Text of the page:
While these two elements constitute "negligence" in the abstract, to be
actionable, however, you also need the next two:
Actual injury to interests of another.
(d) Causal connection between the breach of duty and the injury.
An easy way to remember this is to think of the four" D's of negligence: Duty,
Deviation, Damage, Direct causation.
(5) Proximate causation vs. intervening cause. Proximate causation simply
means that the defendant is responsible for those results that are reasonably
foreseeable. To use an example, suppose I run someone over with my car late at night
and leave him lying in the middle of the road. Is it reasonably foreseeable that another
car will come along and hit him, injuring him further? If the answer is "yes," then I am
responsible for all of the resulting injuries (since, after all, it is all my fault). If the answer
is "no," then the results are not reasonably foreseeable, and I would not be responsible
for those subsequent results.
(6) Kinds of facts. Under what sort of facts, then, might I not be responsible
for the defendant's further injuries? Suppose an ambulance comes by and picks up the
injured person, taking him to the hospital. What if, on the way to the hospital, the driver
loses control of the ambulance and runs into a phone pole or tree, causing the patient to
be thrown from the ambulance, which breaks both of his arms--was THAT, my fault?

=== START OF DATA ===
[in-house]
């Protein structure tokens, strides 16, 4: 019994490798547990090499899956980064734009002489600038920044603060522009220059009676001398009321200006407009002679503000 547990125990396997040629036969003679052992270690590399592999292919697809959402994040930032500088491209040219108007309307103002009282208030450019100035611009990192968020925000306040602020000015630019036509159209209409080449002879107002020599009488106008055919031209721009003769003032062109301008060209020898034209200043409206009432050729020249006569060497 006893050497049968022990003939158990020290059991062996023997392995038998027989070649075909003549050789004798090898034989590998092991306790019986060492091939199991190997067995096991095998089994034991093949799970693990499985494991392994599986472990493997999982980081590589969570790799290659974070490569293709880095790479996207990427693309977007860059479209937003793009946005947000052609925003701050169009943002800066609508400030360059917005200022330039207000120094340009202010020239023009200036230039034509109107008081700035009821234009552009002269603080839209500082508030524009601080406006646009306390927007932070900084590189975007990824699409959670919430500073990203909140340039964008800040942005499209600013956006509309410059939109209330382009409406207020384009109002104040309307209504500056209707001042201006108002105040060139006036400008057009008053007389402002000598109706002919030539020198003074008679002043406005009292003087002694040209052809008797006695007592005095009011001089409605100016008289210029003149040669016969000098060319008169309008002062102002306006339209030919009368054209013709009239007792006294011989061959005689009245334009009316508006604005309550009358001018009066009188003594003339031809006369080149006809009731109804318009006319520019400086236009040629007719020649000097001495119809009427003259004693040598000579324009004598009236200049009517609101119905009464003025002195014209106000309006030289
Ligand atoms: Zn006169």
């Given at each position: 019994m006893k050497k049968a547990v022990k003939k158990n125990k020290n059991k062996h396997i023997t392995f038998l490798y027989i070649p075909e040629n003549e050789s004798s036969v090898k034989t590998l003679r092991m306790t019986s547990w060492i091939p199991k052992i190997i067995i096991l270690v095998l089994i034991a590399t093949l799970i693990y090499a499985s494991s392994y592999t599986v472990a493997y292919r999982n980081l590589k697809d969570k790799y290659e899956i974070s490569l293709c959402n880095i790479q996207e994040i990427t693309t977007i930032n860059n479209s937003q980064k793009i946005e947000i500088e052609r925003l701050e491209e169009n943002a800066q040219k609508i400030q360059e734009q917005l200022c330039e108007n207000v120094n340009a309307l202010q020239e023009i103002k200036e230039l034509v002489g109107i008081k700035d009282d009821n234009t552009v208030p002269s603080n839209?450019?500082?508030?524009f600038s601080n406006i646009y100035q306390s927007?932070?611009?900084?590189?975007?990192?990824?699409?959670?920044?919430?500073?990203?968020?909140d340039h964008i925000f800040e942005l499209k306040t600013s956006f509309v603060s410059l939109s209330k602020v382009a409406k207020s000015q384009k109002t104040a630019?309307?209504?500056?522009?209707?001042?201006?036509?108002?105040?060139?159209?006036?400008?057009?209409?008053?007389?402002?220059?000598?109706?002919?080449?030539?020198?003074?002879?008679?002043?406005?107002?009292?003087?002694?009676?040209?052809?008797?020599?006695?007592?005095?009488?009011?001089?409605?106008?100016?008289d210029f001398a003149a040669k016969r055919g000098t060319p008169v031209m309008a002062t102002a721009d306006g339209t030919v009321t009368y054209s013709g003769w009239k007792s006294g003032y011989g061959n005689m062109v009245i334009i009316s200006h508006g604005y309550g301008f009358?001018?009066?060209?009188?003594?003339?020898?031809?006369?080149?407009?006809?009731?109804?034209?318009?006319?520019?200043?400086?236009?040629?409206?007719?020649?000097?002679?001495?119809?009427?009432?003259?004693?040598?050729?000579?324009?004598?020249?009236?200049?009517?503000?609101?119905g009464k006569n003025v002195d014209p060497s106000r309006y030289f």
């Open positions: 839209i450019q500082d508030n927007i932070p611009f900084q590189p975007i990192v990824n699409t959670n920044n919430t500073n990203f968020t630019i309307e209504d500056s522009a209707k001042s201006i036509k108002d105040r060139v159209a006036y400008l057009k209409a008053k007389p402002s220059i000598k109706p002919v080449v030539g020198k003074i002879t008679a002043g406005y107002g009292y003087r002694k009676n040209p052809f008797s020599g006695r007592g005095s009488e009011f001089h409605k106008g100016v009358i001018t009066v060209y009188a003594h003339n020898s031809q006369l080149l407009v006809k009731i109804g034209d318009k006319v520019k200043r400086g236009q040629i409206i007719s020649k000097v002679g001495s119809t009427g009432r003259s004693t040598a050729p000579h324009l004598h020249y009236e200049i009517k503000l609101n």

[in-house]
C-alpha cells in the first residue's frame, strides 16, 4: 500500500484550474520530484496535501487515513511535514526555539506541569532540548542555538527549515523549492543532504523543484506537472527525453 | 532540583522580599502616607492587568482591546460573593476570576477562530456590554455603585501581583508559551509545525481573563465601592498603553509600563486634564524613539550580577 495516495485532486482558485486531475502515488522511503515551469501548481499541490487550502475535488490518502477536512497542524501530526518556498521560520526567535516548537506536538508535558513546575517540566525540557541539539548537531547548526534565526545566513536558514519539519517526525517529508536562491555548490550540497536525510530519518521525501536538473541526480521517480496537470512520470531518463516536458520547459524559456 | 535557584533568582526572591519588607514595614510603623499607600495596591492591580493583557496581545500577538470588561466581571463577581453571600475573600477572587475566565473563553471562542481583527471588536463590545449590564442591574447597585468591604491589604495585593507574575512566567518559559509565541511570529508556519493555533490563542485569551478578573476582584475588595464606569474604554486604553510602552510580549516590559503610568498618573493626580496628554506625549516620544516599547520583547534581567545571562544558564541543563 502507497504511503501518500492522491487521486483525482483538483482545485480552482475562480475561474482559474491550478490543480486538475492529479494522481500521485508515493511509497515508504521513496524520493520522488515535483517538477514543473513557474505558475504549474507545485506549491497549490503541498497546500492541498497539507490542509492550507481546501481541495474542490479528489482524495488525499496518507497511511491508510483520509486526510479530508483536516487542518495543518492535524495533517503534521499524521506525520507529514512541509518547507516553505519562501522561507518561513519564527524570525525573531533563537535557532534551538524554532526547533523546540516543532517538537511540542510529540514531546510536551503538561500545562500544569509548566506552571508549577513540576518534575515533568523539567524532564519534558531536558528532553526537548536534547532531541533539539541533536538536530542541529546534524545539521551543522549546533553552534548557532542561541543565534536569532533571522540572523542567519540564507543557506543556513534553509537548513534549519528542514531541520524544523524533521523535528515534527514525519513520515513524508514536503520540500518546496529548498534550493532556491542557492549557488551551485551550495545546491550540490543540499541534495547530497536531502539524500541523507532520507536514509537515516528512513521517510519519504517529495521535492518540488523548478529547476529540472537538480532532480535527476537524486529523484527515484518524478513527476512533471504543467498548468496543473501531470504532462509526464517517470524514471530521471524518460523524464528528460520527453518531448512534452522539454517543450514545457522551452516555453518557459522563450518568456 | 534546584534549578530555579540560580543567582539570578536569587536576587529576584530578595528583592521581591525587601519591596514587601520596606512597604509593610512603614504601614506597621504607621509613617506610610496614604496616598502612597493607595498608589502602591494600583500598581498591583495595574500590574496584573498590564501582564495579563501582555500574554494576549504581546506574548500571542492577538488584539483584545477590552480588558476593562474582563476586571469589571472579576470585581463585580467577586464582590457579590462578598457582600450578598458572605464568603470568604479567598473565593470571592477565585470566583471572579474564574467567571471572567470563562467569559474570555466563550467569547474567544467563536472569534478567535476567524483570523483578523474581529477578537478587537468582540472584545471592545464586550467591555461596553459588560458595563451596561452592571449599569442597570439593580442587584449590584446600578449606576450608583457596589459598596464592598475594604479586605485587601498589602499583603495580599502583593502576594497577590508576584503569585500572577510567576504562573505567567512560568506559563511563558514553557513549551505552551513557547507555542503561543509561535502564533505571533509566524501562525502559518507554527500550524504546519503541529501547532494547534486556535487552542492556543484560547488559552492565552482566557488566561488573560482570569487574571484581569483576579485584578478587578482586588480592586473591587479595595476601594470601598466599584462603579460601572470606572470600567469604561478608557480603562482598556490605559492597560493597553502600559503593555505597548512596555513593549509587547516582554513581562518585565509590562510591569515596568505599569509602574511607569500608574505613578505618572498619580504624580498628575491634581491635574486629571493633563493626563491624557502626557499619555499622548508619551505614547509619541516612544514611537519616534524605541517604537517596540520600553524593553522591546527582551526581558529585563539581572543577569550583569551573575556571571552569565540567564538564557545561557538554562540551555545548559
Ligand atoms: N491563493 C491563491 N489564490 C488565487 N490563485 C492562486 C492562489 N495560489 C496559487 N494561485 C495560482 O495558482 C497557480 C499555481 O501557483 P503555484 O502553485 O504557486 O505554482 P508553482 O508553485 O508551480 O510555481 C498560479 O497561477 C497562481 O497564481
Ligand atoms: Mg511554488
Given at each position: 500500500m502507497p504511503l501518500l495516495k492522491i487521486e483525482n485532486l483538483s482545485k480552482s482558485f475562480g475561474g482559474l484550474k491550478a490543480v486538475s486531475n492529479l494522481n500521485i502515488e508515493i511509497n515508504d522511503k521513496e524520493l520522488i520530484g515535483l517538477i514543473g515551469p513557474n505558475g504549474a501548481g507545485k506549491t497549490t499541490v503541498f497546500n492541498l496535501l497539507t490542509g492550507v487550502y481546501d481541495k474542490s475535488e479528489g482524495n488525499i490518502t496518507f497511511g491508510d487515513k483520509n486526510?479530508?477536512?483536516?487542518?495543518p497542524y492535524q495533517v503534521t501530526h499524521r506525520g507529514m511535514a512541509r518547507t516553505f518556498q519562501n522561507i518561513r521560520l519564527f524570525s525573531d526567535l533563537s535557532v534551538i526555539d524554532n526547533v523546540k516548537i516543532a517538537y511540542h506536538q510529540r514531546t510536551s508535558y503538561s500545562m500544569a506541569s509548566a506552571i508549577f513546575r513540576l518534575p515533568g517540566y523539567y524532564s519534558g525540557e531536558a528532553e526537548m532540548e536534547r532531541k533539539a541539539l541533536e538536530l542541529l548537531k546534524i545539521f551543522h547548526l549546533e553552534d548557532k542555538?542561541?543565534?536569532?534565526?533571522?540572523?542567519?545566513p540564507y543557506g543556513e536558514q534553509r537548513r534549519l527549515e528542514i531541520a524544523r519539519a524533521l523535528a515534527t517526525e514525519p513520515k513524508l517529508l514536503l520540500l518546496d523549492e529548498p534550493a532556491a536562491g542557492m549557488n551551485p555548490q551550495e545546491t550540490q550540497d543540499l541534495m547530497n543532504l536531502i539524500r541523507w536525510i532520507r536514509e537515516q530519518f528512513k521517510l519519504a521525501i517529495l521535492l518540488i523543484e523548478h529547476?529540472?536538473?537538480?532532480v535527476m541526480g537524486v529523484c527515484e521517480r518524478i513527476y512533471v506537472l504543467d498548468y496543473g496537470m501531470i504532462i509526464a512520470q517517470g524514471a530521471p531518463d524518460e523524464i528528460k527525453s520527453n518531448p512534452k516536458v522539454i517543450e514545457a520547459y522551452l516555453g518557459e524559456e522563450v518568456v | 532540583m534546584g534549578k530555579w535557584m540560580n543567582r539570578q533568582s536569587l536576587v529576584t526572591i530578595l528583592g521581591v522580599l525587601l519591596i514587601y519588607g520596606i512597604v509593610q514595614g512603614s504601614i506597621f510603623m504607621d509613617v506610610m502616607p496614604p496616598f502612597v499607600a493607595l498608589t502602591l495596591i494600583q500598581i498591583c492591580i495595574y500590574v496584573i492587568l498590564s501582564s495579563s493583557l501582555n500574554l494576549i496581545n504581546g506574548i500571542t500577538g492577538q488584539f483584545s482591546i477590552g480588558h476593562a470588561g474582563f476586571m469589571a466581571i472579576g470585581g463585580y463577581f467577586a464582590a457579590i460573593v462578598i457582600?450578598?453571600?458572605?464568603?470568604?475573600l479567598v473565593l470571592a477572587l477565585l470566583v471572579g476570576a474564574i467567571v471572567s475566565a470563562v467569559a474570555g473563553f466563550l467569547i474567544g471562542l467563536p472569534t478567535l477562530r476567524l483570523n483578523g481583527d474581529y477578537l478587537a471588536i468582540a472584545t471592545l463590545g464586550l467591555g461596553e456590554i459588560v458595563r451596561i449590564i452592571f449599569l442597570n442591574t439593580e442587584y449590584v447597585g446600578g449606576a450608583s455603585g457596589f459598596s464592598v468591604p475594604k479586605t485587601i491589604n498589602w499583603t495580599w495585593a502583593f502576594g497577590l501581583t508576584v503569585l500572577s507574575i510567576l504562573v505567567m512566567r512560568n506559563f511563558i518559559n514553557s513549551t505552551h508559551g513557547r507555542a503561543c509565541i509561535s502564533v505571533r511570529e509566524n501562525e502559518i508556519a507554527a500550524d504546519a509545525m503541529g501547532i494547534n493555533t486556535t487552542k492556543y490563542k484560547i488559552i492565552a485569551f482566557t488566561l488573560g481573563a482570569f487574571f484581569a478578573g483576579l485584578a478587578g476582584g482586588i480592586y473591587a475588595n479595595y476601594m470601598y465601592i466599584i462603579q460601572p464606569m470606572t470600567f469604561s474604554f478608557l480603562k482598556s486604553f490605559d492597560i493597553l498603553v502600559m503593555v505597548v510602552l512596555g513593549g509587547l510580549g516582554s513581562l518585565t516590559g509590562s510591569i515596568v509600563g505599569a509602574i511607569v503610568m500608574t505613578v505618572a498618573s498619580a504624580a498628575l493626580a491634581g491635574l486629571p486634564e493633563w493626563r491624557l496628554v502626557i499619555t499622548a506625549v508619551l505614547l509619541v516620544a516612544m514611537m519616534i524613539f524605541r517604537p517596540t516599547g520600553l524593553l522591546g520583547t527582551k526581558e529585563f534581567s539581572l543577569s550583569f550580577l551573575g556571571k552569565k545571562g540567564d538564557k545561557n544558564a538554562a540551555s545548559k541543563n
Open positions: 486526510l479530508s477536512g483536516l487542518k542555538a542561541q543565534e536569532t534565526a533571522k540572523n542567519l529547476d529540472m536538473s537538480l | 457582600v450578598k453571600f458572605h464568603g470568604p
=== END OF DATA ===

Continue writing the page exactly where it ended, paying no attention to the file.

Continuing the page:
The issue is whether or not this sequence of events was reasonably foreseeable. Take
it a step further--what if the patient is taken to the hospital and while there, falls off of the
operating table because nobody put up the side rails or watched over the patient--was
that my fault? Suppose the patient is injured when the physician commits an act of
(7) Important concept. The concept to grasp here is that the defendant is
legally liable for those results that were reasonably foreseeable. That doesn't mean
every outcome, no matter how remote or unlikely. Indeed, there has to be a common
sense limit here, or someone would sue someone's parents on the theory that it's their
fault (if they didn't have children, the children wouldn't have caused the car accident 16
(8) Common defenses to tort liability. Common defenses are contributory
negligence and assumption of the risk. An example of contributory negligence on the
part of a patient would be failing to follow the doctor's instructions (lose weight, don't
smoke, don't climb stairs, and so forth), or not being candid when providing history and
symptoms. An example of assumption of risk would be, despite informed consent, the
patient electing to have the surgery anyway, knowing of the hazards involved. Another
example would be refusing medical treatment, even when your doctor tells you it may
result in your death.